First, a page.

House GOP Wants To Know Exactly Who Approved $1.3 Billion For Failing Obamacare Exchanges

House Republicans are pressing the Obama administration for details on over $1 billion in federal grants to failed state Obamacare exchanges, asking for access to the federal officials who approved funding for the struggling states.

Members of the House Energy and Commerce Committee sent a letter Tuesday to outgoing Health and Human Services Secretary Kathleen Sebelius asking for access to the federal officials who approved funding for seven states whose federal grant money comprised $1.3 billion.

“The exchanges in the seven states, none of which have delivered on their promise, now demand even more taxpayer dollars to be fixed or completely rebuilt,” said committee Chairman Rep. Fred Upton. “A billion dollars is a steep price to pay for incompetence.”

The committee is seeking a list of all HHS subagencies and employees that had a role in awarding grants to all state-run (and Washington, D.C.’s) exchanges; details on the review process for awarding grants and meetings between HHS representatives and state exchange officials; as well as all funding requests and documentation that all states exchanges submitted to HHS.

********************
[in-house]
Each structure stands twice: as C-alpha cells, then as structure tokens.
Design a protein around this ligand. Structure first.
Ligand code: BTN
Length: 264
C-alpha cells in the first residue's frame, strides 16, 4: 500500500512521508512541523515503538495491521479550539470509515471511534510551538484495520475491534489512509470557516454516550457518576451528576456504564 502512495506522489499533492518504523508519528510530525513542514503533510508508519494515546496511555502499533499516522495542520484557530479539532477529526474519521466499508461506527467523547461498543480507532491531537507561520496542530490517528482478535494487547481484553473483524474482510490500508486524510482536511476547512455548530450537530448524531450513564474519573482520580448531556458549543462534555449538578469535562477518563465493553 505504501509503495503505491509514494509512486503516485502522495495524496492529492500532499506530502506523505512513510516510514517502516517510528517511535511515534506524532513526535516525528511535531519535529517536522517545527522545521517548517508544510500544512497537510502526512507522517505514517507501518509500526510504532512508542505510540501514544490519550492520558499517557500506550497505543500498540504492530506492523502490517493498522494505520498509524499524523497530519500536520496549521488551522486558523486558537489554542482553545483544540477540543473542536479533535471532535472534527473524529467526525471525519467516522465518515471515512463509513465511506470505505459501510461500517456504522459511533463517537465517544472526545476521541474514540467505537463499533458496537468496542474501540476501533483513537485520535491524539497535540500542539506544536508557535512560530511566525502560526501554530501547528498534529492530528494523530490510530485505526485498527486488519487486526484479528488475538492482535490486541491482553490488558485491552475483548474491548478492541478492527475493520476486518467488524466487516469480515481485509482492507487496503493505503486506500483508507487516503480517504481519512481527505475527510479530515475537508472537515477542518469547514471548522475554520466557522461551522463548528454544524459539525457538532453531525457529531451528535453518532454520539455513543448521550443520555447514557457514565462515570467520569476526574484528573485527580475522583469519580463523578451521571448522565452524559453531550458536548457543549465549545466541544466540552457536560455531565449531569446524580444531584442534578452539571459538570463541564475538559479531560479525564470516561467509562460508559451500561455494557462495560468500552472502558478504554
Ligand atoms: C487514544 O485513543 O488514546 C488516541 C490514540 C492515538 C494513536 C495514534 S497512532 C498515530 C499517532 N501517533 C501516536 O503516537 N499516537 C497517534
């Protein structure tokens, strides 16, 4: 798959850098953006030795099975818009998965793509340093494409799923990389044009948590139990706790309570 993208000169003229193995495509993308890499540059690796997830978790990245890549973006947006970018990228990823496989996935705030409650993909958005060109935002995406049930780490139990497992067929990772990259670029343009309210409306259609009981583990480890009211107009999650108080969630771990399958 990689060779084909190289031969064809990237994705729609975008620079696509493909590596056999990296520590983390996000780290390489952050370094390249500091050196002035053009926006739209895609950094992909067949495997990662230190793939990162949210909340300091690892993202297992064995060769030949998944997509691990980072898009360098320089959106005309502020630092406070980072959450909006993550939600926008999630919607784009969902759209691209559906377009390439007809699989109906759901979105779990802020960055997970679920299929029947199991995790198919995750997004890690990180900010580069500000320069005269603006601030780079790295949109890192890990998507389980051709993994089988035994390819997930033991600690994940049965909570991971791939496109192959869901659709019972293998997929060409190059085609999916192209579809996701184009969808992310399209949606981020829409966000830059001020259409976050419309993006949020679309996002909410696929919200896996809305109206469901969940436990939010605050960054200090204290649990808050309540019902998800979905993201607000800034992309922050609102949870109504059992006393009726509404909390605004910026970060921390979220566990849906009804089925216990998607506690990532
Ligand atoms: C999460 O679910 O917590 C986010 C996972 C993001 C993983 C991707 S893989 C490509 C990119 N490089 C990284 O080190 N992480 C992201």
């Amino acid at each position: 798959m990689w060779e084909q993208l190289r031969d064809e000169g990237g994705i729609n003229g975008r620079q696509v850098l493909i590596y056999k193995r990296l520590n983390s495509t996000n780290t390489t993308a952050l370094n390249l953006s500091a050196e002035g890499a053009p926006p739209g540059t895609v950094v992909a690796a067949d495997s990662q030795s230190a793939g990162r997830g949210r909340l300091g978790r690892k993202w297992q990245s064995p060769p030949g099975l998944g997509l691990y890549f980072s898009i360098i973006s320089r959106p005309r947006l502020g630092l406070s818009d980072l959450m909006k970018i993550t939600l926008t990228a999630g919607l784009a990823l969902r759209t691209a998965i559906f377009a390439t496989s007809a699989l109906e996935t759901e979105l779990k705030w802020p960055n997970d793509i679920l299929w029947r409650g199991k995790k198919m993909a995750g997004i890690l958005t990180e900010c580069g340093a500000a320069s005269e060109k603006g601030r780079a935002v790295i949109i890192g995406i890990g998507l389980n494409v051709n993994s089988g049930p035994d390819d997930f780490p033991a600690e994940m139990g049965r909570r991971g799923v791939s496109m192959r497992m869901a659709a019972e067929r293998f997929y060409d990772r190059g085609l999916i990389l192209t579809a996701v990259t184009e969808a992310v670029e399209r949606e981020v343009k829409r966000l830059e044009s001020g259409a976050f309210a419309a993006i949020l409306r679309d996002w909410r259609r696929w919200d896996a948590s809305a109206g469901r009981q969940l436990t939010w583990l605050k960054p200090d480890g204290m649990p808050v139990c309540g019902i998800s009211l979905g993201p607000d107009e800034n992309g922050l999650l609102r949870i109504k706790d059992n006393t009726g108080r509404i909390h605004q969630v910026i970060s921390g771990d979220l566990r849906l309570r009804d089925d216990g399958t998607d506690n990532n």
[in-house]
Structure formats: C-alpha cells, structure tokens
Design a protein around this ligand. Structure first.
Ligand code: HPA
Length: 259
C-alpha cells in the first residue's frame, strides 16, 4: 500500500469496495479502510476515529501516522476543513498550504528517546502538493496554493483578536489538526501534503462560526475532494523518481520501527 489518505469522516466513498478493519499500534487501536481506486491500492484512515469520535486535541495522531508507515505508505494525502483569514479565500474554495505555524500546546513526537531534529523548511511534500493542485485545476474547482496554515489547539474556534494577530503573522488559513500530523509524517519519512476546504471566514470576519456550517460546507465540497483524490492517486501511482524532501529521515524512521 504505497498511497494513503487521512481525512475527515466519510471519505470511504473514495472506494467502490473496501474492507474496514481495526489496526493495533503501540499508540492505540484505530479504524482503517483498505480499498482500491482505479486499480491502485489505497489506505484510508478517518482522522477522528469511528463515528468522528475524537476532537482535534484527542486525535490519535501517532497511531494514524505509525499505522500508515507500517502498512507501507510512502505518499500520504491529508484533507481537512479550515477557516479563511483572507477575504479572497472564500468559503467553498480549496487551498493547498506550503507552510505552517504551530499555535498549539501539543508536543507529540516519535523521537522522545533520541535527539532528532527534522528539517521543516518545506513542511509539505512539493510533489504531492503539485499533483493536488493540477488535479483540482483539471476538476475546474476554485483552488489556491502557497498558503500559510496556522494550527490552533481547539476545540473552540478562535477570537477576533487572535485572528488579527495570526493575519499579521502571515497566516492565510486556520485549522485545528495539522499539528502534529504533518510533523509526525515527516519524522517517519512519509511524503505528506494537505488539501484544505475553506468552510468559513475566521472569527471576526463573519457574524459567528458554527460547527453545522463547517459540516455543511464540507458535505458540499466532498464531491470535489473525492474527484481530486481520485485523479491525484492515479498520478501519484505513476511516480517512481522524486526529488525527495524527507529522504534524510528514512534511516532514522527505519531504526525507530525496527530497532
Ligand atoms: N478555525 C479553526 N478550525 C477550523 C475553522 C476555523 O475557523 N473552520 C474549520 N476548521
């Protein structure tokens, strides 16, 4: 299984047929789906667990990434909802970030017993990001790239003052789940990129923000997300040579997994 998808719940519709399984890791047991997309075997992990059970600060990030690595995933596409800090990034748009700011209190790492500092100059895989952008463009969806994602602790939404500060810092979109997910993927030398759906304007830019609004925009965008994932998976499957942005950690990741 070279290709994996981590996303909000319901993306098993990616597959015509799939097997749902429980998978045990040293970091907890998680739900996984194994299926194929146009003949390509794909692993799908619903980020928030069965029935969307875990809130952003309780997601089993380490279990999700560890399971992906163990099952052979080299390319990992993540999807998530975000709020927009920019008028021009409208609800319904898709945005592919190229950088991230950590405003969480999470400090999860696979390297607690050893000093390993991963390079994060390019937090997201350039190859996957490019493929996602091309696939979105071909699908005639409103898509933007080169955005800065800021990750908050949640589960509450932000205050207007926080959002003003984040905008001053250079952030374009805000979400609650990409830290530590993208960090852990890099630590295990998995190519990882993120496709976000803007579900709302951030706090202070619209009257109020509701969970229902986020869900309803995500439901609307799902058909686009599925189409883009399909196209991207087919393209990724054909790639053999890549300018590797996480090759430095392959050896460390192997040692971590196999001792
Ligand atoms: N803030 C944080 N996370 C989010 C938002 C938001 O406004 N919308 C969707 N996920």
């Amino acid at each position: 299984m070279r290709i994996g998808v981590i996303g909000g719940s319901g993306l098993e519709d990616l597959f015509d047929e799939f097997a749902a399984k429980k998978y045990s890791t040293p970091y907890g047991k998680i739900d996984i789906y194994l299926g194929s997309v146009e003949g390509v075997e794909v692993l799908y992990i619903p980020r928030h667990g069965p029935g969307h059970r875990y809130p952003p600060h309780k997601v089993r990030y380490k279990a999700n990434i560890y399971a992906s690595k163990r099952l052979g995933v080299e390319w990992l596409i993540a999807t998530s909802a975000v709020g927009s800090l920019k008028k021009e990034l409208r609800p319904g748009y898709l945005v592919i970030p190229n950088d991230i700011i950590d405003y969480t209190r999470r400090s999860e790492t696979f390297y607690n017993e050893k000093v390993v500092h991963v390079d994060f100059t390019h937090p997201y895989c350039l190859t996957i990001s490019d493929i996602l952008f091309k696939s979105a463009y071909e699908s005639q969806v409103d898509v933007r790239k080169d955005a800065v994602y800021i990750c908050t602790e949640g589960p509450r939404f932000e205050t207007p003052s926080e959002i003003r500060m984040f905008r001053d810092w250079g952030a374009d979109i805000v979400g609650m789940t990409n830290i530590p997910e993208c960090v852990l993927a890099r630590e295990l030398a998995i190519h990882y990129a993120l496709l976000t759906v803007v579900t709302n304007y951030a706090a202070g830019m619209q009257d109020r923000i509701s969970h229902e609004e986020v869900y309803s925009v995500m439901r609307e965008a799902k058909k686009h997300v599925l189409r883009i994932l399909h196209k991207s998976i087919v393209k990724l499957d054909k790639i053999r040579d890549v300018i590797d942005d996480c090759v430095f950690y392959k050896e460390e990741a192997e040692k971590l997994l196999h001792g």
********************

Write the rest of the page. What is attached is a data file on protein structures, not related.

Oregon, Nevada, Massachusetts and Maryland make up some of the worst-run Obamacare exchanges on the list : All four have trashed their initial, failed websites in favor of another model. Oregon and Nevada have already opted to join the federal exchange HealthCare.gov for the next enrollment period; Massachusetts may do so later this summer. Maryland, meanwhile, gave up on its site and purchased a new model at higher cost. Funding for the four abandoned exchanges comes in just over $746 million, according to the report.

But even states that are still attempting to fix their exchanges are spending millions of federal taxpayer dollars on struggling products. Vermont, Hawaii and Minnesota have faced technical challenges, data security flaws, eligibility and payment issues — and all three are still facing funding shortfalls. The three states were awarded a total of over $568 million to build their still-insufficient Obamacare websites.

But the Obama administration was charged with overseeing the state exchanges, raising questions about how detailed the federal oversight process really was.

States were subject to periodic, benchmarked reviews so that HHS officials could approve ongoing website construction and ensure that states would have a completed product on time. But the Obama administration’s failure to do so with HealthCare.gov — the website’s back-end operations have still not been built — may raise questions about its ability to oversee state operations.